GENOA, Italy (AP) — As more bodies were pulled Wednesday from a mountain of jagged concrete and twisted steel left by a highway bridge collapse that killed 39, prosecutors focused on possible design flaws and past maintenance of the heavily used span, and politicians squabbled over blame.
Motorists, meanwhile, recounted miraculous escapes and the horror of seeing others plunge over the edge.
As a second night descended on the site where part of the Morandi Bridge plunged some 45 meters (150 feet), Interior Minister Matteo Salvini declined to say how many people might still be buried in the debris where about 1,000 rescue workers searched for victims.
The collapse occurred about midday Tuesday, the eve of Italy's biggest summer holiday, when traffic was particularly busy on the 51-year-old span that links two highways — one leading to France, the other to Milan — from this northwestern port city.
Salvini declined to say how many people are still missing, and he added that trying to locate them was particularly difficult, due to the holiday.
"It's not easy to distinguish between who doesn't respond because they are on the other side of the world and turned off their phone to relax" on vacation, and "who's not responding because they are under the rubble," he said.
He said he hoped the death toll would not rise.
"Miracles are still possible," Salvini said.
Authorities urged the quick removal of tons of debris from a dry river bed so that the rubble doesn't create a makeshift dam if heavy rains fall in the flood-prone city on the Mediterranean.
Debris also must be cleared from railroad tracks, a vital link especially now that Genoa is largely cut in half by the loss of such a key artery, Premier Giuseppe Conte said.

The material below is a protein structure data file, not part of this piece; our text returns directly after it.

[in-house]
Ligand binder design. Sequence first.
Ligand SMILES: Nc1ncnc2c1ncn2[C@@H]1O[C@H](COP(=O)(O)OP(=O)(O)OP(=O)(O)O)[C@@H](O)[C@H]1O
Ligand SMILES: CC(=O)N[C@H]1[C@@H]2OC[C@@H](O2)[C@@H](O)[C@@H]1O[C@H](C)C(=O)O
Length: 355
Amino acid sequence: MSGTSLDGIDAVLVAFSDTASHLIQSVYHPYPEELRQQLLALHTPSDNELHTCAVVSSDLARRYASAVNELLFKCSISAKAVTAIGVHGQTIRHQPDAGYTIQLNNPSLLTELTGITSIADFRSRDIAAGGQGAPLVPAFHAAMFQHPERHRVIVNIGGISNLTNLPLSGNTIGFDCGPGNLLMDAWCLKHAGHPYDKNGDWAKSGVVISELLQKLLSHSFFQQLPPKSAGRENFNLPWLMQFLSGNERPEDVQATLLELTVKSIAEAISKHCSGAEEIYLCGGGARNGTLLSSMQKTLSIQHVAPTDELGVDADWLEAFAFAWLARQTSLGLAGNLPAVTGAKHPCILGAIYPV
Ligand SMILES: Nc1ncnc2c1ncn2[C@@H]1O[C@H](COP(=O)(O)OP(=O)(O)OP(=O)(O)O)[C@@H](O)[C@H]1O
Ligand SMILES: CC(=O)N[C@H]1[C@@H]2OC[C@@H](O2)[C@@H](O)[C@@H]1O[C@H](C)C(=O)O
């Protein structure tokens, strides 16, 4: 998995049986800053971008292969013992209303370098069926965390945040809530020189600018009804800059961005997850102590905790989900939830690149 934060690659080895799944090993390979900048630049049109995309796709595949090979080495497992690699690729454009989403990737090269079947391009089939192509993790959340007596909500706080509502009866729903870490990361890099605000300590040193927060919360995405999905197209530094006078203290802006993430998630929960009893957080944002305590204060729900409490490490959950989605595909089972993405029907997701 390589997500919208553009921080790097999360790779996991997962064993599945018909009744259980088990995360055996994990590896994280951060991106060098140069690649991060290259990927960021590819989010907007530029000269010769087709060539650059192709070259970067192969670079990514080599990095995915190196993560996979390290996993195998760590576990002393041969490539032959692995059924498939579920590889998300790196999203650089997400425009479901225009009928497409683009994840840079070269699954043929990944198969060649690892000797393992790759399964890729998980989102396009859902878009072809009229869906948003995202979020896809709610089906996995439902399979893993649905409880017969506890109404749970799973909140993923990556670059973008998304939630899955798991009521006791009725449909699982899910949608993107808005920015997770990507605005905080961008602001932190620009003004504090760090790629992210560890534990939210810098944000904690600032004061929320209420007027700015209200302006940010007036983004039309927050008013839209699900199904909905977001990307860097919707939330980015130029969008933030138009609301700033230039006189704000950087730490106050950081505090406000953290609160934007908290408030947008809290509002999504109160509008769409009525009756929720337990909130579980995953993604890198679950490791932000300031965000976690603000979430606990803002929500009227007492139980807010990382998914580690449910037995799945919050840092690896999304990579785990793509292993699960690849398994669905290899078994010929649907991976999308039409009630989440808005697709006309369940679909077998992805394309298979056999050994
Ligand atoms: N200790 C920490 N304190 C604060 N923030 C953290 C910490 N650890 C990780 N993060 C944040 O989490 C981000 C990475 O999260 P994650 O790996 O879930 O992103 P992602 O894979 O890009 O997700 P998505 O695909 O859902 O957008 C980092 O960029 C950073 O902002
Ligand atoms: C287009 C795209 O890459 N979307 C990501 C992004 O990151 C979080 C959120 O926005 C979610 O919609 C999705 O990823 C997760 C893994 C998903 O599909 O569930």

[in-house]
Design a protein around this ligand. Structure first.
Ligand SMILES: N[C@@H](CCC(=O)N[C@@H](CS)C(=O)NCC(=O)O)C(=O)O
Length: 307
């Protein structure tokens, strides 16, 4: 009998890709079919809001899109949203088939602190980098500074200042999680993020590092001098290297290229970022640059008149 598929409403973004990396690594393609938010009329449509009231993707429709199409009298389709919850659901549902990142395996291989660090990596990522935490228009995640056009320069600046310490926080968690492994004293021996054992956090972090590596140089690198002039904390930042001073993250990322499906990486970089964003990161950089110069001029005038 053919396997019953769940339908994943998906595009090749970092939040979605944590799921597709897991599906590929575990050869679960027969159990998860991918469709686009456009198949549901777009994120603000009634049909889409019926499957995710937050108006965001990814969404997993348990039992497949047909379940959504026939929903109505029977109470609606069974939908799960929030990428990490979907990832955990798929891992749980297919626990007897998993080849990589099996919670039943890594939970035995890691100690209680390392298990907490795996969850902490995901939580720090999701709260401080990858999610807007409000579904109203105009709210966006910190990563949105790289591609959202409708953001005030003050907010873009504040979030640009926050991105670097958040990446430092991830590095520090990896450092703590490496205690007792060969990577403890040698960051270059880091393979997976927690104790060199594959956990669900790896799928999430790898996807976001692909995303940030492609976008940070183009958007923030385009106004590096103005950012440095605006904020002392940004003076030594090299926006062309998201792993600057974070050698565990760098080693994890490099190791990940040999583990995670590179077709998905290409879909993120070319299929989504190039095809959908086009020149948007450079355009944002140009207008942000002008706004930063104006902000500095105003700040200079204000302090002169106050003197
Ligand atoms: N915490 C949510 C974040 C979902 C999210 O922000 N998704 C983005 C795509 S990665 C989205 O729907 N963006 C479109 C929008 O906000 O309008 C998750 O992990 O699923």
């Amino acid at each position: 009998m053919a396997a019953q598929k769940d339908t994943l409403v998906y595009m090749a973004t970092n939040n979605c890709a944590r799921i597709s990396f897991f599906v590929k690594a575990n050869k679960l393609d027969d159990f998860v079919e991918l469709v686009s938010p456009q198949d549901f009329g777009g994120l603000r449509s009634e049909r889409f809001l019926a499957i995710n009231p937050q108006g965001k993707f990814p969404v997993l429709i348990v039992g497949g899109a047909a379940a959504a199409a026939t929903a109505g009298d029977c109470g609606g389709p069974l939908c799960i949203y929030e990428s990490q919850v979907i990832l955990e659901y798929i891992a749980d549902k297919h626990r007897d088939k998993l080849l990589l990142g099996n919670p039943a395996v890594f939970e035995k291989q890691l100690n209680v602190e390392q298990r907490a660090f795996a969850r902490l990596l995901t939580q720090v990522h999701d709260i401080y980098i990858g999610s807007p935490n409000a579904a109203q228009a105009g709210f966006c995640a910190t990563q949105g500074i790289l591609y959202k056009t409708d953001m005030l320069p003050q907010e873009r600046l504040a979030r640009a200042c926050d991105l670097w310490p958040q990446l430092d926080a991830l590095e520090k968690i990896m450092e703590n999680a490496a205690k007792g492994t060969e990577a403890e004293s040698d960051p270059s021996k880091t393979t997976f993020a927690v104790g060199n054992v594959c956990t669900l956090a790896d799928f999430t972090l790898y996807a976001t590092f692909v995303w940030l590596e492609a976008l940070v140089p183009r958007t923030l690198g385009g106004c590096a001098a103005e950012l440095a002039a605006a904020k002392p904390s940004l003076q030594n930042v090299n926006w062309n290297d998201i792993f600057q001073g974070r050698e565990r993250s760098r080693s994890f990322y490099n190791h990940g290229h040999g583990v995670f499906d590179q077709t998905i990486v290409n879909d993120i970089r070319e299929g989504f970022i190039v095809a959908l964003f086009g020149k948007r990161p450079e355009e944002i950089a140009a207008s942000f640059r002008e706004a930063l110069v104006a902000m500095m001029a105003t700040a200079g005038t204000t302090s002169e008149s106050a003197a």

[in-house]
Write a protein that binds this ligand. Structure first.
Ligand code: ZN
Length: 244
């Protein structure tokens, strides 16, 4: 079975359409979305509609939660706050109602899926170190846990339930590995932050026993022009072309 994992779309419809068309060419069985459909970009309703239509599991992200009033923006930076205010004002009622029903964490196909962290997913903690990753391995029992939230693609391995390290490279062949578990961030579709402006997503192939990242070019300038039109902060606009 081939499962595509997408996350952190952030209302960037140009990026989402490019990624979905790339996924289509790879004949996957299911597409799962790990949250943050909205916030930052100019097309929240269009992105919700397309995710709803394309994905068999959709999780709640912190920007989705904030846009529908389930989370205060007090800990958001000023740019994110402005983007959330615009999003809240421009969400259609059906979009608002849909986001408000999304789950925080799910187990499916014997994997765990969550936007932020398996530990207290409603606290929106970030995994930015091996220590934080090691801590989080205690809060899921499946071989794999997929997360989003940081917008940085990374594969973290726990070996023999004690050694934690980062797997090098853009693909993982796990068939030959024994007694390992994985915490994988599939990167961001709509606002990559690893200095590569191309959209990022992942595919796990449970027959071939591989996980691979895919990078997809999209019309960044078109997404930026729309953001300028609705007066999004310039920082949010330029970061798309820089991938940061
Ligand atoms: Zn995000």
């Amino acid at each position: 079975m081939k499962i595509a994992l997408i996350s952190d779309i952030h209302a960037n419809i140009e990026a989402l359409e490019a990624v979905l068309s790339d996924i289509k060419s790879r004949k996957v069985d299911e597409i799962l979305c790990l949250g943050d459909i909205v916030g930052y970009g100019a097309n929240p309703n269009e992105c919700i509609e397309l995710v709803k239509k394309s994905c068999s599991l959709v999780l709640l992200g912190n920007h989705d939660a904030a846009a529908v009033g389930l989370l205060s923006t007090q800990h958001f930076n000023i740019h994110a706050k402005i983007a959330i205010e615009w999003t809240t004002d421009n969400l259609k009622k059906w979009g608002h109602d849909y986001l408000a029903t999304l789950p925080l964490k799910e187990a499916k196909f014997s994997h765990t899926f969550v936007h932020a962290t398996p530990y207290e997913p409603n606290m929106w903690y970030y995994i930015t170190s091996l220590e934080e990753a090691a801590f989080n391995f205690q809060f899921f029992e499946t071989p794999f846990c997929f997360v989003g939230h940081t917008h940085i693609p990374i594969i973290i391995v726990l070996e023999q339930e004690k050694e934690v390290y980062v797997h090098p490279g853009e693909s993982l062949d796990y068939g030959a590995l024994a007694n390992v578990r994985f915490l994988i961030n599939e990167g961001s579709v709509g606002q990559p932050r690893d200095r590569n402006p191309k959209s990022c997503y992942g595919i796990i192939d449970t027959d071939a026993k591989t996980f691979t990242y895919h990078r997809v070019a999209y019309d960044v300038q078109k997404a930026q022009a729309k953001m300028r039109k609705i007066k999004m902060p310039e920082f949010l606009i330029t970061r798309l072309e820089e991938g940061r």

Authorities worried about the stability of remaining large sections of the bridge, prompting a wider evacuation order and forcing about 630 people from nearby apartments, some practically in the shadow of the elevated highway. Firefighters went inside some of the vacated apartments briefly to retrieve documents and, in at least one home, pet cats.
Building a new bridge could require razing the evacuated buildings, said Transportation and Infrastructure Minister Danilo Toninelli.
After leading an emergency Cabinet meeting in Genoa, Conte said there were 39 confirmed dead and 16 injured, including nine in serious condition. Three children were among those killed, Salvini said.
The dead included four French citizens traveling to a music festival and two Albanians.
Genoa Prosecutor Francesco Cozzi told reporters the investigation into the collapse was focused on human causes, specifically any possible design flaws in the bridge's construction or any inadequate maintenance.
He said he didn't know who might be responsible, but added: "It wasn't an accident."
Asked if authorities had any warning that the bridge could be dangerous, Cozzi indicated that no serious safety concerns had reached his office before the collapse.
Otherwise, "none of us would have driven over that highway 20 times a month, as we do," he said.